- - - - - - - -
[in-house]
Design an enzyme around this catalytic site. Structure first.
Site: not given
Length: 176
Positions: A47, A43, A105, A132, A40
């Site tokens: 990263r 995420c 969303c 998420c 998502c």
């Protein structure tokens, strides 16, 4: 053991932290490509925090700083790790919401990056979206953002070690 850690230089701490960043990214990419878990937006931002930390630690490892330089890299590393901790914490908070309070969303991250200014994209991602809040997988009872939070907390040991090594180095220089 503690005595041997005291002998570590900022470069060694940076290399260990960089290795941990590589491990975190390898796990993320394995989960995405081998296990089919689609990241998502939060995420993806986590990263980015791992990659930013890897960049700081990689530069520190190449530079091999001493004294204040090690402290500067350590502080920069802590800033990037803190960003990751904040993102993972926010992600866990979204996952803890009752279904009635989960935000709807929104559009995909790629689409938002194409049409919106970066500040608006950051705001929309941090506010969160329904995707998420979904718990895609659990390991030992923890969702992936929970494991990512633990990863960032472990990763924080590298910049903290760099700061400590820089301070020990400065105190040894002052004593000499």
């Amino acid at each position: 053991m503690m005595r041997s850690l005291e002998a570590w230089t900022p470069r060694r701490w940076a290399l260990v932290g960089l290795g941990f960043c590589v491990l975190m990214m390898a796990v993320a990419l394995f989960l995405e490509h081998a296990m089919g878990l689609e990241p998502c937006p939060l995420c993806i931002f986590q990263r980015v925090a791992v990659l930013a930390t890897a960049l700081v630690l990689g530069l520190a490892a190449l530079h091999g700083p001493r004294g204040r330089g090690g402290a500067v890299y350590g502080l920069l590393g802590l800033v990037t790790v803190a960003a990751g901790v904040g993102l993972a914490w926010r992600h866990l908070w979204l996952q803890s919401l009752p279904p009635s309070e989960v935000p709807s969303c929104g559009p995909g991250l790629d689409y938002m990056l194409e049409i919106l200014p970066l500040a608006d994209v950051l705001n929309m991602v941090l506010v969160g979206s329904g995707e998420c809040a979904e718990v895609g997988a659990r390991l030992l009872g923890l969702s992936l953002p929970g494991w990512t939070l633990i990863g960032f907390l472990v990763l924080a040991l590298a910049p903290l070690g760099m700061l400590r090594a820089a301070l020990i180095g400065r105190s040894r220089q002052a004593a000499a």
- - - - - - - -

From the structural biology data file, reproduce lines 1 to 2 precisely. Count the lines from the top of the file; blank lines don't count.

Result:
[in-house]
Design an enzyme around this catalytic site. Structure first.